A new commentary has said that negative health effects associated with too much supplemental calcium are on the rise.
The finding appears in the upcoming issue of the Journal of the American Society Nephrology (JASN).
The incidence of the so-called milk-alkali or calcium-alkali syndrome is growing in large part because of widespread use of over-the-counter calcium and vitamin D supplements.
Stanley Goldfarb, MD and Ami Patel, MD (University of Pennsylvania School of Medicine) recommend changing the name of the milk-alkali syndrome to the calcium-alkali syndrome because the condition is now associated with a large intake of calcium, not milk.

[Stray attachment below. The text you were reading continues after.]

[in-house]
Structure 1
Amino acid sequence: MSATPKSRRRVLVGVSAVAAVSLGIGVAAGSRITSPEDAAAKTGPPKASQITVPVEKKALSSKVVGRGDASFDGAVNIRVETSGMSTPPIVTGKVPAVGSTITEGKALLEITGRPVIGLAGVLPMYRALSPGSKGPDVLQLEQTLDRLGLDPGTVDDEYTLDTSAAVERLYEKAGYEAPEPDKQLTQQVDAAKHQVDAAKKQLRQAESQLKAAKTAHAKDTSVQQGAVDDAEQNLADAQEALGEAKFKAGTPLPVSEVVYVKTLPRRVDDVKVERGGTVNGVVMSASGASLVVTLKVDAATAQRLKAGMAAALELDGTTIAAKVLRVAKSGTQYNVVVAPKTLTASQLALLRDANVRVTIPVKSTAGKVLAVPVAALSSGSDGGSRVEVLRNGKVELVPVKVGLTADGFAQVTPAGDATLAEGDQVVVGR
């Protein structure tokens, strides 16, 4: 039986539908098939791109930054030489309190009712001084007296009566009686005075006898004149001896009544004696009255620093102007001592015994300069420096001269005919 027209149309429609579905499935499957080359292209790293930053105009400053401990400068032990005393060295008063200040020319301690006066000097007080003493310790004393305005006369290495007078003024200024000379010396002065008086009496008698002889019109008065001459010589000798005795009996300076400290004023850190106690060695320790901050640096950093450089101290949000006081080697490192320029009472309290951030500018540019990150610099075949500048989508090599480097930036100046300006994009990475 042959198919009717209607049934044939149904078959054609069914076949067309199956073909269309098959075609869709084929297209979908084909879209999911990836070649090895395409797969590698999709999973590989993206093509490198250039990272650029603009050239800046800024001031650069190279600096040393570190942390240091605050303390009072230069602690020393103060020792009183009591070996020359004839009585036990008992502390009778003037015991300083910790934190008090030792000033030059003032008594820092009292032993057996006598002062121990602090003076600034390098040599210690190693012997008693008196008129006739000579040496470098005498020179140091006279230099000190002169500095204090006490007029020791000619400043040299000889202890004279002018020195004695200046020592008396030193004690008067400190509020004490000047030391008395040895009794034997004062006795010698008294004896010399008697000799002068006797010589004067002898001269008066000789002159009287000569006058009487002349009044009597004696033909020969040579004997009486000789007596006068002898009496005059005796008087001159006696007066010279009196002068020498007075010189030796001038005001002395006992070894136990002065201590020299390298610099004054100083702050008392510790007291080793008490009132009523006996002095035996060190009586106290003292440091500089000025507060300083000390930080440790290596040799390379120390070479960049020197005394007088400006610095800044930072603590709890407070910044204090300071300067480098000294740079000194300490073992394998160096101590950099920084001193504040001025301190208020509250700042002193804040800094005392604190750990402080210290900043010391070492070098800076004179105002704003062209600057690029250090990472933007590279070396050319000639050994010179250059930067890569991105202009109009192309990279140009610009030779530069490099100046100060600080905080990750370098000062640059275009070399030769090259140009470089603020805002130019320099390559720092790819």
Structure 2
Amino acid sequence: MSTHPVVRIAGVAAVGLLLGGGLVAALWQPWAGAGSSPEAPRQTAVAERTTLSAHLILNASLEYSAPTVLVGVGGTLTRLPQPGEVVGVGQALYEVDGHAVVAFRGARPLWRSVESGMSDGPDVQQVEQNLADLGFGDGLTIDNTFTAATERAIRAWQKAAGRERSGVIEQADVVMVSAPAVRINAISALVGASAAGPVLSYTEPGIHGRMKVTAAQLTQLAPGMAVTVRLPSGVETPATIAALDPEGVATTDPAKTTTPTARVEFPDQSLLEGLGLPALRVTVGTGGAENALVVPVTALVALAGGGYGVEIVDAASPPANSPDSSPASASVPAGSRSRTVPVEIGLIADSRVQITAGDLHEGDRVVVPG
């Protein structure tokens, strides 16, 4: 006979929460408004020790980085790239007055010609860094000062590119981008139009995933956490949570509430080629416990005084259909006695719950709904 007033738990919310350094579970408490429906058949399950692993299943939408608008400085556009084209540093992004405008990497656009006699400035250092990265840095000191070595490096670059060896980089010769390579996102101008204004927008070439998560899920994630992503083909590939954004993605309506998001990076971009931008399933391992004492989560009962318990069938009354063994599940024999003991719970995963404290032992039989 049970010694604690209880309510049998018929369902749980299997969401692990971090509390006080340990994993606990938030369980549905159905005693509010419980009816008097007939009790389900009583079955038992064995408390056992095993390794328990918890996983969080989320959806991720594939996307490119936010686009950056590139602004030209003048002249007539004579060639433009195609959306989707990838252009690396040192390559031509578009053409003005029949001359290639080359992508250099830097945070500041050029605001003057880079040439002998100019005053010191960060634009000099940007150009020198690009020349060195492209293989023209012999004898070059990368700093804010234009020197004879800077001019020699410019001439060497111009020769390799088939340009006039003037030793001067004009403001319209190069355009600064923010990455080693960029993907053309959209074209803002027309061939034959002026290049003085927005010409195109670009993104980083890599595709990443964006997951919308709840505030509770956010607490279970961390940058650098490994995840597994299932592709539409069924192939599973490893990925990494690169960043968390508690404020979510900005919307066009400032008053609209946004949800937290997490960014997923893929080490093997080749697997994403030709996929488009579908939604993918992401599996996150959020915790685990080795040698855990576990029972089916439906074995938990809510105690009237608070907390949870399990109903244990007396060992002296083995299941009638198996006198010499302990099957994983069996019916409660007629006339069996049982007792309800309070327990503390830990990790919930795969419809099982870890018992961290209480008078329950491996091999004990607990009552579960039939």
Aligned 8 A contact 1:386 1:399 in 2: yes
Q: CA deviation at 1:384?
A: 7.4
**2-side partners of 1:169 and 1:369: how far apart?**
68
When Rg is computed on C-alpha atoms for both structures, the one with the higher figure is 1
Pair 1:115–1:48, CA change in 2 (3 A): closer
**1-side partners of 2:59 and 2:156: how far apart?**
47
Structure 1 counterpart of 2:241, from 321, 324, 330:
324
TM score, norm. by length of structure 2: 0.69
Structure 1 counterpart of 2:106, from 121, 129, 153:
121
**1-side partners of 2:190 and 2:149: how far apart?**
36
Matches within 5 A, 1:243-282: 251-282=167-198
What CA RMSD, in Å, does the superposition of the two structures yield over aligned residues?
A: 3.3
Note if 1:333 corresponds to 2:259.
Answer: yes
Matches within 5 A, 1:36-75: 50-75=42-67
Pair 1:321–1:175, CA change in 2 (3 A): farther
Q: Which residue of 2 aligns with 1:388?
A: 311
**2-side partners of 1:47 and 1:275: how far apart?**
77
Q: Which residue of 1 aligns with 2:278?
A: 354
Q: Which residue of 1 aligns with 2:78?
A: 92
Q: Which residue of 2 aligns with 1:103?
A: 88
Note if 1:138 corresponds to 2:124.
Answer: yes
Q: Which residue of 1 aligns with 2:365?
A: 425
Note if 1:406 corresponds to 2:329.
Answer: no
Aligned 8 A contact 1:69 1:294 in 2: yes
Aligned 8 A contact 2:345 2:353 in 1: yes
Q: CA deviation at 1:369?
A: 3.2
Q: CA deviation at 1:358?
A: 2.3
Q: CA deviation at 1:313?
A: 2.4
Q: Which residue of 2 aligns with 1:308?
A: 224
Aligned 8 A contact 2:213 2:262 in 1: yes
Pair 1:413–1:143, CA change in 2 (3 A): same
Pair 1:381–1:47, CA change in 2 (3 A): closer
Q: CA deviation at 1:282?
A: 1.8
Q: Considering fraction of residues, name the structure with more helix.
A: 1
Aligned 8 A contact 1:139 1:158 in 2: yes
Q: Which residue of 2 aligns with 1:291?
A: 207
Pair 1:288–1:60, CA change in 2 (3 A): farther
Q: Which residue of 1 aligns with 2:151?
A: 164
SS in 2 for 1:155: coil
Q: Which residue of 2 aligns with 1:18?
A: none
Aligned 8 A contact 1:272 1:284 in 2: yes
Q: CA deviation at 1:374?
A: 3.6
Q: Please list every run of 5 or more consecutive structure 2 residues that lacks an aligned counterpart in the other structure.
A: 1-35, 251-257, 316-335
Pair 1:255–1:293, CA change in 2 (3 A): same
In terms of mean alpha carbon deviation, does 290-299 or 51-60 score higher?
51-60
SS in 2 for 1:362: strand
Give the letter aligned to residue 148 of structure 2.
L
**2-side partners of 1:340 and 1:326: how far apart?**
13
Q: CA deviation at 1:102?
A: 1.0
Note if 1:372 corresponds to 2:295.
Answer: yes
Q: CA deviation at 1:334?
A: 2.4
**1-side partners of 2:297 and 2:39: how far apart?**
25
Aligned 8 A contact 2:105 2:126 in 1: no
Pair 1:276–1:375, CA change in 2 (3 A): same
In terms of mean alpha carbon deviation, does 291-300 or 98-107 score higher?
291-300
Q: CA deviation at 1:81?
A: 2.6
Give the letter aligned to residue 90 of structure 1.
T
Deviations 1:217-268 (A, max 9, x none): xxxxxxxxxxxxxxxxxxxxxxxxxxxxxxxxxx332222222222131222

Postmenopausal women, pregnant women, transplant recipients, patients with bulimia, and individuals who are on dialysis have the highest risks of developing the calcium-alkali syndrome due to various physiological reasons.
According to the authors, the obvious preventive strategy against the calcium-alkali syndrome is to limit the intake of calcium to no more than 1.2 to 1.5 grams per day.
"Calcium supplements taken in the recommended amounts are not only safe but are quite beneficial. Taken to excess is the problem," said Dr. Goldfarb. "Even at the recommended dose, careful monitoring of any medication is wise and yearly determinations of blood calcium levels for those patients taking calcium supplements or vitamin D is a wise approach," he added.